Annual Delegate Meeting 2003

Winning ways

ON FIRST glance, the agenda for this year's union Annual Delegate Meeting (ADM) in Llandudno looked like a procedural nerds' dream, packed as it was with motions and proposals on the union's structural future. But the union's growing "real-life" relevance was also reinforced by speakers from a range of areas on important workplace battles and victories, from the BBC to the war in Iraq to northern local papers.

Rations - © Dave Rotchelle
Rations for a hard day at the conference, Llandudno-style
photo © Dave Rotchelle .
And although debate was robust it was mercifully concise (and very well organised), and, on several key issues, key democratic safeguards were won. The General Secretary's strategic review has been discussed in these pages before and, in two areas where the branch has expressed concerns, amendments were secured. The proposal to limit the membership of industrial councils such as the Freelance Industrial Council to nine was felled by a joint amendment from the branch and FIC calling for a proper review of industrial councils leading to recommendations for next year's ADM.

The review's suggestion that union National Executive Council members be elected every two years, rather than one as at present, was similarly defeated by a branch amendment. We were also successful in ensuring that the power to set subscription rates remains with ADM rather than an inflexible inflation+0.25 per cent formula proposed.

Our motions offering support for journalists exposed to racist material in the workplace, and calling for campaigning on a law offering freelances the right to bargain collectively were similarly successful. ADM also voted to set up a political fund, despite the branch's opposition.

On the international front, we were pleased to welcome our colleagues from Ukraine, Andrei Shevchenko (chairman of the newly-formed independent journalists' union, who became a father during ADM) and Yevhen Hlibovitsy. Both addressed conference on the struggle for press freedom in their country and on the urgent need for an independent inquiry into the death of their colleague Gyorgy Gongadze, whose case has been taken up vigorously by this branch. Our motion on the issue was passed unanimously here. Our motion deploring the closure of all independent media in Eritrea was also passed.

The war against Iraq loomed large too, and an anti-war motion was overwhelmingly carried, and followed later that day by a two-minute silent demonstration by delegates on the beach across the road from the conference centre. The human cost of war, and the threats it poses to journalists, were brought powerfully home in the tributes to those journalists killed in the conflict. Moving tributes were offered to ITN reporter and NUJ member Terry Lloyd from his former colleagues.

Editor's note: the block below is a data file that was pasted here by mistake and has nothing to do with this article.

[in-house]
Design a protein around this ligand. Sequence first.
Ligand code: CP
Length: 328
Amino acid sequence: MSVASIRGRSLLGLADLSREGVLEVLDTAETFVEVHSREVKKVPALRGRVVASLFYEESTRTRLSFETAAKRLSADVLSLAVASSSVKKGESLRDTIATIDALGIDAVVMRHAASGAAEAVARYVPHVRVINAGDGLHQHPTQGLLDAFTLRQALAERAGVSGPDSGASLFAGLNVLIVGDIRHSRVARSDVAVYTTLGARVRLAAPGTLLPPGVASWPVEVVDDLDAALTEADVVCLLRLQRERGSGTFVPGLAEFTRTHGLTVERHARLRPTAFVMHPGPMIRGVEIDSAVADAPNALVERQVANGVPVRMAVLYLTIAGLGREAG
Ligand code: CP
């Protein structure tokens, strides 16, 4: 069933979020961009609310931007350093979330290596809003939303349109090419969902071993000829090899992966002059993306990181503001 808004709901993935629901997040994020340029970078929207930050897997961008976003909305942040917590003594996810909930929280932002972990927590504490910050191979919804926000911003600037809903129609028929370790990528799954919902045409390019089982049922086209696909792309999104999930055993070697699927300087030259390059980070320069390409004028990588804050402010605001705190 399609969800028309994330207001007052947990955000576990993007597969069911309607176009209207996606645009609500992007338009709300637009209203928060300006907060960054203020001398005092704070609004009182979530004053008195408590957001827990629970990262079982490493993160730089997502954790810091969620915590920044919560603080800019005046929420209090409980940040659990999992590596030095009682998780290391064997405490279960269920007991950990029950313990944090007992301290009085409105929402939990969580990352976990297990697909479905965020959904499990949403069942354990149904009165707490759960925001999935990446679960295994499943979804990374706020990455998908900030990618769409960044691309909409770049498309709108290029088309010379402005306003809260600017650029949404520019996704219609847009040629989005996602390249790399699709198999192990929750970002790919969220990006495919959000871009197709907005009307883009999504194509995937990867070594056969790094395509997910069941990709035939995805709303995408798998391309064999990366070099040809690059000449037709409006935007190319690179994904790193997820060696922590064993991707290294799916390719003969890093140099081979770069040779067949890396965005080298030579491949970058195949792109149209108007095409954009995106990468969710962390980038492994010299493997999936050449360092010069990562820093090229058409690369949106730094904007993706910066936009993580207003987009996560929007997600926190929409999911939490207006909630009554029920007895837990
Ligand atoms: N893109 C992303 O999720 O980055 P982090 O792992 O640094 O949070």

It was a busy old conference, and for all that ADM can be maddening, procedural and hard work, it offers a vital opportunity to meet people from across the union and the profession and gain that "whole union" perspective that the General Secretary's strategic review talks about. It was also heartening to hear freelance issues mentioned fairly regularly in general speeches, and delegates were left both with plenty to ponder and plenty to feel encouraged by.

Going for a gong

Another advantage of attending ADM is the chance to sample the more, er, eccentric habits of Britain's small-town hoteliers. We were certainly richly entertained by the Basil Fawlty-esque antics of our Llandudno host. Very much one of the old school, he insisted on banging a gong to wake everyone up for breakfast, got irritated by guests who didn't sit down for dinner on the stroke of 7.30pm, locked the front door at 11.30pm and generally worked himself into a right old lather at any disturbance to his routine. When guests asked for a front-door key for the hotel so they could let themselves in after curfew time, he responded indignantly, "If I came to stay at your house, would you give me a key?" The man was, in a very real sense, a legend. Roll on Liverpool next year.

Last modified: 26 April 2003 - © 2003 contributors
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